The Complexity Project’s theory is based on a scientific understanding of complexity and is therefore related to computational, algorithmic, behavioral, and systems based approaches and ideas of emergence and self-organization. The complexity project is characterized by the use of advanced geometries such as Voronoi and Delaunay scripts; parametric software and the use of associative geometry are used to create fluid forms; and computational logics are used to digest massive amounts of information.

With these techniques they claim to trump both the mechanical approach of the Modernists and Postmodern’s rudimentary attempts at complexity. RUR claim that collage is the “accumulation of the merely different” and reject it in favor of “progressive differentiation” in their search for a “new conception of the universal.” This approach pushes for systems of variation rather than systems of variety. Hadid and Schumacher promote the concept of Parametric Urbanism and have developed techniques such as soft grids, fields, and pliant surfaces as a way to bring added richness to the city, although their strictly formal approach can be argued as not adequately contending with the real complexity of the city.

Recently I have been wondering if the Complexity Project is the appropriate response to the already overwhelming complexity of the contemporary metropolis. I wonder if we as designers should not be developing strategies to make them less overwhelming and more comprehensible. Using John Maeda’s concept of simplicity I wonder if we can come up with an idea for the SimpliCity. Recently there has been a backlash of sorts in response to the ComplexCity project. Some people argue that the diagrammatic fluidity of some of their projects belie a paradoxical lack of flexibility in the final fom--in it's use and adaptability. Groups like Dogma in Europe have been arguing for more formal autonomy and strong, identifiable geometry. This might be an initial way of understanding what the SimpliCity could be. I would also like to point out the progress of product design towards simpler interfaces and minimal design, Apple’s iPod being the perfect example (or think of virtually any Apple product compared to their competitors). In pop culture we might look to the evolution of the robot as demonstrated by Wall-E and Eva.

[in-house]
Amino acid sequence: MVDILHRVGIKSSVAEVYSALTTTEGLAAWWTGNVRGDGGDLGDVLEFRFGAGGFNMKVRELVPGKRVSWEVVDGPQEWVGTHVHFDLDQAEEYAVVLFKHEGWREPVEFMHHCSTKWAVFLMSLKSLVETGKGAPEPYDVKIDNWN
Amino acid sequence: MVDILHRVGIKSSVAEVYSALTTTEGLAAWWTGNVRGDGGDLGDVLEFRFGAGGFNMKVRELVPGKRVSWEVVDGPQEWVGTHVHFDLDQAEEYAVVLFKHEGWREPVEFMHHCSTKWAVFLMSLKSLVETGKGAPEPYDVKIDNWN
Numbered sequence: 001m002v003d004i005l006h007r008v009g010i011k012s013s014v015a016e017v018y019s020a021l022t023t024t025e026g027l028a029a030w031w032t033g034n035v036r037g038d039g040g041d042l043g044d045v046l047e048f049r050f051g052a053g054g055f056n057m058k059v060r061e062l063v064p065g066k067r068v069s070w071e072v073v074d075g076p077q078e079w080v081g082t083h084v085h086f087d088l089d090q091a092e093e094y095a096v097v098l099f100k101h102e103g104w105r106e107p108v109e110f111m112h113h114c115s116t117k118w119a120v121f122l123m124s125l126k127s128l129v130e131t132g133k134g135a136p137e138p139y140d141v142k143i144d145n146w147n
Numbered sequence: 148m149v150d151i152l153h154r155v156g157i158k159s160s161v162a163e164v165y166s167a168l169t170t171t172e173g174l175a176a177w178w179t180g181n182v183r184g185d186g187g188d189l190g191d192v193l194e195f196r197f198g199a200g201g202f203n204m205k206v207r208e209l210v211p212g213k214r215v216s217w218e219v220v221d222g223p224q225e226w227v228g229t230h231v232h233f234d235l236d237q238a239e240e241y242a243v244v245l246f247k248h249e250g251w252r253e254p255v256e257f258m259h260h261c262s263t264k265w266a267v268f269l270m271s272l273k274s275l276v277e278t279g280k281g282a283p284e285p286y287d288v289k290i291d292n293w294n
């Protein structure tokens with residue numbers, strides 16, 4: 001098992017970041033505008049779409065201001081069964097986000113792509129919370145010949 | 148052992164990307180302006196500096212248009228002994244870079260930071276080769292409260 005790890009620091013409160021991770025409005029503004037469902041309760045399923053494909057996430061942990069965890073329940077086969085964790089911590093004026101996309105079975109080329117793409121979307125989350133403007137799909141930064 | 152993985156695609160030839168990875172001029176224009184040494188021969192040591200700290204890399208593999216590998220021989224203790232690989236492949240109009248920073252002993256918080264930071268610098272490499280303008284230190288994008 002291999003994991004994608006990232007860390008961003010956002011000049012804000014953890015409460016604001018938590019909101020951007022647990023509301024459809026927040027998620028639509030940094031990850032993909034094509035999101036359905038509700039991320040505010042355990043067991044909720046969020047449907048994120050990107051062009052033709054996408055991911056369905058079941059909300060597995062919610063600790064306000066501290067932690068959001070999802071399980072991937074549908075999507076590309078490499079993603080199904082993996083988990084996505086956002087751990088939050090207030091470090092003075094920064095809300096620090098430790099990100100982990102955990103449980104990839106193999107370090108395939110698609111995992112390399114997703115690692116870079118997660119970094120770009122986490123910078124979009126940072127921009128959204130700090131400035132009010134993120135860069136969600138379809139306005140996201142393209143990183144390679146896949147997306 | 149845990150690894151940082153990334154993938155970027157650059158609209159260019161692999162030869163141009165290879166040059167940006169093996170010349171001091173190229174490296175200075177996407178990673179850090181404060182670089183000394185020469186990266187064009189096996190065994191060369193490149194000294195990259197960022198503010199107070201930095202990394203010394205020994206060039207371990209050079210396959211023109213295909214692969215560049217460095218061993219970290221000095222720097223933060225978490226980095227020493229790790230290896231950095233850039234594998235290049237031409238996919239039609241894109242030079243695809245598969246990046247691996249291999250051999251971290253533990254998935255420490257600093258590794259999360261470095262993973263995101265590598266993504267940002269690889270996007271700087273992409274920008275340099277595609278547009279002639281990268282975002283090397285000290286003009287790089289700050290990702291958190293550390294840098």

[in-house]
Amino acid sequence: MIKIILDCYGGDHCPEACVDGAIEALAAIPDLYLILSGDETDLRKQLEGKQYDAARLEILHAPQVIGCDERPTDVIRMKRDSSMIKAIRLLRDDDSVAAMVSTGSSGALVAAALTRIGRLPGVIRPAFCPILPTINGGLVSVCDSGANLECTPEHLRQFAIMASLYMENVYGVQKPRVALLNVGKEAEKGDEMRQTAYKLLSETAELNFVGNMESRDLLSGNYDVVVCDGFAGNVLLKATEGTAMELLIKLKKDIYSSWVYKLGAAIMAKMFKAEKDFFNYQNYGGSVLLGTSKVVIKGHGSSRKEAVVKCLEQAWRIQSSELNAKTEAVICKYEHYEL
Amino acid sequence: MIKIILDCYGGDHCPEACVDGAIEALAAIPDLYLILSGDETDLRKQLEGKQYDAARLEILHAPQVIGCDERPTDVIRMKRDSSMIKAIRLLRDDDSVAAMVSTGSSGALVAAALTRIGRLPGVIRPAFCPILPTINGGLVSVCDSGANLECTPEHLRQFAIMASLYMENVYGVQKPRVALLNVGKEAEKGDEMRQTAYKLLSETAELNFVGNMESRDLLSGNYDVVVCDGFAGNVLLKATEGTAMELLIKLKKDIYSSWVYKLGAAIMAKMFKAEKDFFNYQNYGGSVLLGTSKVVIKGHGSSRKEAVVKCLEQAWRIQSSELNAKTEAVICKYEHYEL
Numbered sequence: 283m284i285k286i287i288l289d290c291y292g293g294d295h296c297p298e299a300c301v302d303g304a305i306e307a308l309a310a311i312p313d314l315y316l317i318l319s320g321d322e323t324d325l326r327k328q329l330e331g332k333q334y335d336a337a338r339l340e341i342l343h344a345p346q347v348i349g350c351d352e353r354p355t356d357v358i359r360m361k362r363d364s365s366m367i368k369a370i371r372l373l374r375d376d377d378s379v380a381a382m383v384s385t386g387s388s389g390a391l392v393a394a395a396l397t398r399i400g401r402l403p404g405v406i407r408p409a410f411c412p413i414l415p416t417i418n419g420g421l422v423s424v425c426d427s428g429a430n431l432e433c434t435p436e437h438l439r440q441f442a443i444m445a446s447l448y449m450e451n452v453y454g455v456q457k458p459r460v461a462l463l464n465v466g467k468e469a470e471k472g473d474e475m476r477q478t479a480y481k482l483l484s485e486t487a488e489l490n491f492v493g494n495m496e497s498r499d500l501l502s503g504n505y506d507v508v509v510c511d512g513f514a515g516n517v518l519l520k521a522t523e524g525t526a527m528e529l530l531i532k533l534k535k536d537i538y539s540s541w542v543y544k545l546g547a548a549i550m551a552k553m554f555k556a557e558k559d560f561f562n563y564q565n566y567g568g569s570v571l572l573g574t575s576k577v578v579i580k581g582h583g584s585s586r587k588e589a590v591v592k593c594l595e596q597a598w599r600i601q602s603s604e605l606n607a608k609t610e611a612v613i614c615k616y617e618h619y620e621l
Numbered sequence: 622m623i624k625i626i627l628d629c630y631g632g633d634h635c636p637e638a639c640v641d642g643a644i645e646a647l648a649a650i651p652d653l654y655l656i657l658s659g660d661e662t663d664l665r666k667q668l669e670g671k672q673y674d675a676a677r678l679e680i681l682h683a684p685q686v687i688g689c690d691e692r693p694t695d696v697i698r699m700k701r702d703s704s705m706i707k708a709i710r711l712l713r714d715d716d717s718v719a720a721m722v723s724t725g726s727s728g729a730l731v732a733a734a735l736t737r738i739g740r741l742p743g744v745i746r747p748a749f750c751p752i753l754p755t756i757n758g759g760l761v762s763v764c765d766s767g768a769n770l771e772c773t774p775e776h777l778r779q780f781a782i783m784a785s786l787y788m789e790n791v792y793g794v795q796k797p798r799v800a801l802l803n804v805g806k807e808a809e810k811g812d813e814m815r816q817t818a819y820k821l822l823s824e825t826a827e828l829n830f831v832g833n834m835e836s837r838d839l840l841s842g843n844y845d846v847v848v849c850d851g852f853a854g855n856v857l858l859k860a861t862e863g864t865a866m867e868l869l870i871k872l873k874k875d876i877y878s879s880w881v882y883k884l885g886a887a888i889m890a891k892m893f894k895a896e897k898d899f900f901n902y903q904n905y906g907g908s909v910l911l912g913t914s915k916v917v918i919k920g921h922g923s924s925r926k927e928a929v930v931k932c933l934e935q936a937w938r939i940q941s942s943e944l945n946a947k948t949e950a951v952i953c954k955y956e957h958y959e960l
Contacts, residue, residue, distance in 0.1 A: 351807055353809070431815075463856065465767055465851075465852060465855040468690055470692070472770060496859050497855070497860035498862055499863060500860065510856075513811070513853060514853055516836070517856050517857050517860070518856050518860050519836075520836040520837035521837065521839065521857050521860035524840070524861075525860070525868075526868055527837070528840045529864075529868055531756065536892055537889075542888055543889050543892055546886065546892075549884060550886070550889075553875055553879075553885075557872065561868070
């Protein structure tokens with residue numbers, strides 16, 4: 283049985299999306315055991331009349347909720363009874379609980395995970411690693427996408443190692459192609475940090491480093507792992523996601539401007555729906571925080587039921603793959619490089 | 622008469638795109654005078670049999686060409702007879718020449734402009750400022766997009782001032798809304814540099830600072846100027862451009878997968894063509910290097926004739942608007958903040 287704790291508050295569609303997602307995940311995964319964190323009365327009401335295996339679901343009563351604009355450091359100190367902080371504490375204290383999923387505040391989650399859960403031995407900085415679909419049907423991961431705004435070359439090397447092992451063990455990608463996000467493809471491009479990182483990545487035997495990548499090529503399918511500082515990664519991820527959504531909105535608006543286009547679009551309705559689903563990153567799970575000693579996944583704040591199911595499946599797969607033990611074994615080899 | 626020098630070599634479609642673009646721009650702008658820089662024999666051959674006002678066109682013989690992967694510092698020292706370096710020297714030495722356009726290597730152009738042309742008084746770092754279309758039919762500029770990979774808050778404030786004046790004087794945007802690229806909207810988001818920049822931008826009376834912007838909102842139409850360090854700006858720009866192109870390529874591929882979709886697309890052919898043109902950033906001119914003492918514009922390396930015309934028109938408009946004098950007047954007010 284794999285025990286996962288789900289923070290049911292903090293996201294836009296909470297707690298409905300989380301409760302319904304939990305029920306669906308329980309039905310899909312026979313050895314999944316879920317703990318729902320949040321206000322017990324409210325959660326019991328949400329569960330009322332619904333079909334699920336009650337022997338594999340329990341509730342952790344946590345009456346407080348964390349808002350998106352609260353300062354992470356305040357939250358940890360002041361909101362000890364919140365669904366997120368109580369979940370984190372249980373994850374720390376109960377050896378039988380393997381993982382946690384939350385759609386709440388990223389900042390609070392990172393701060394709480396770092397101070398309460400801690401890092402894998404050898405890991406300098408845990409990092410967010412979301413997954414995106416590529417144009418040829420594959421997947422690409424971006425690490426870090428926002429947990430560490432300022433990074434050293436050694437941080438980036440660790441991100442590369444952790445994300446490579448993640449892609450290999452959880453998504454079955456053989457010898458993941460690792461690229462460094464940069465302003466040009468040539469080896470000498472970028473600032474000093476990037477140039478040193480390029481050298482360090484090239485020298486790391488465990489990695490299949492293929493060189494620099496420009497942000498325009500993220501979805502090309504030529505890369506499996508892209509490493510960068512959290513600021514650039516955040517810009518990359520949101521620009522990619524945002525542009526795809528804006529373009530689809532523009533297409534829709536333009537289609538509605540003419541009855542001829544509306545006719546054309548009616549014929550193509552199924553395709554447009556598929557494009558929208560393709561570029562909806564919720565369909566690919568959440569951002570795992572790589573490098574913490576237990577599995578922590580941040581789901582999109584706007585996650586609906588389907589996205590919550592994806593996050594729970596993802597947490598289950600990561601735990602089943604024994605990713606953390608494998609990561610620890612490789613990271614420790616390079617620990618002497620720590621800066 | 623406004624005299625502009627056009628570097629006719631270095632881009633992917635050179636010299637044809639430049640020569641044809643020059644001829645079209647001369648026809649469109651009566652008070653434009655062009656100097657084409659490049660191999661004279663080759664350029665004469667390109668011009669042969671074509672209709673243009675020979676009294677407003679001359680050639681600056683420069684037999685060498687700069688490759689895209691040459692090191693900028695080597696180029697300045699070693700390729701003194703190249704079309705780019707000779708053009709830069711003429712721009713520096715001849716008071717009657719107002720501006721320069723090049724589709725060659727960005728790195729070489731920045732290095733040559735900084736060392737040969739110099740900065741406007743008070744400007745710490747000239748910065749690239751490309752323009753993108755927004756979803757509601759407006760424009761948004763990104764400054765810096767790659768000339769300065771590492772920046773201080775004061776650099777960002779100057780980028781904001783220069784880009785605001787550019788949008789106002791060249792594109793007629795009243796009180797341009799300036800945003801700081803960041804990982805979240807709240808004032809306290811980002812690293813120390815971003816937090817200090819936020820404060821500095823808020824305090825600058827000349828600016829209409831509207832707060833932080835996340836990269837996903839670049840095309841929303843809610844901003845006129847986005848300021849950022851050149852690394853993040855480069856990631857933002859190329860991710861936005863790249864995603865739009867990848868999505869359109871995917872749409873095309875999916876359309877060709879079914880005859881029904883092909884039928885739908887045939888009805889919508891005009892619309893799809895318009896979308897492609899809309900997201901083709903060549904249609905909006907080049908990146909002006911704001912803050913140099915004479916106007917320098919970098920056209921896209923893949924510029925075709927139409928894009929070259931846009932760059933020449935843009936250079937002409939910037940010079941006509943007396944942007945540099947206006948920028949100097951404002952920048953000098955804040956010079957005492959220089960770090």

So now I would like to ask all of you, what do you think of the idea of the SimpliCity? What would it be? How would it operate? Would it create a desirable city or is the notion of complexity more appropriate for unleashing the potential of the city? How can we utilize simplicity without falling in the same traps as the early modernists?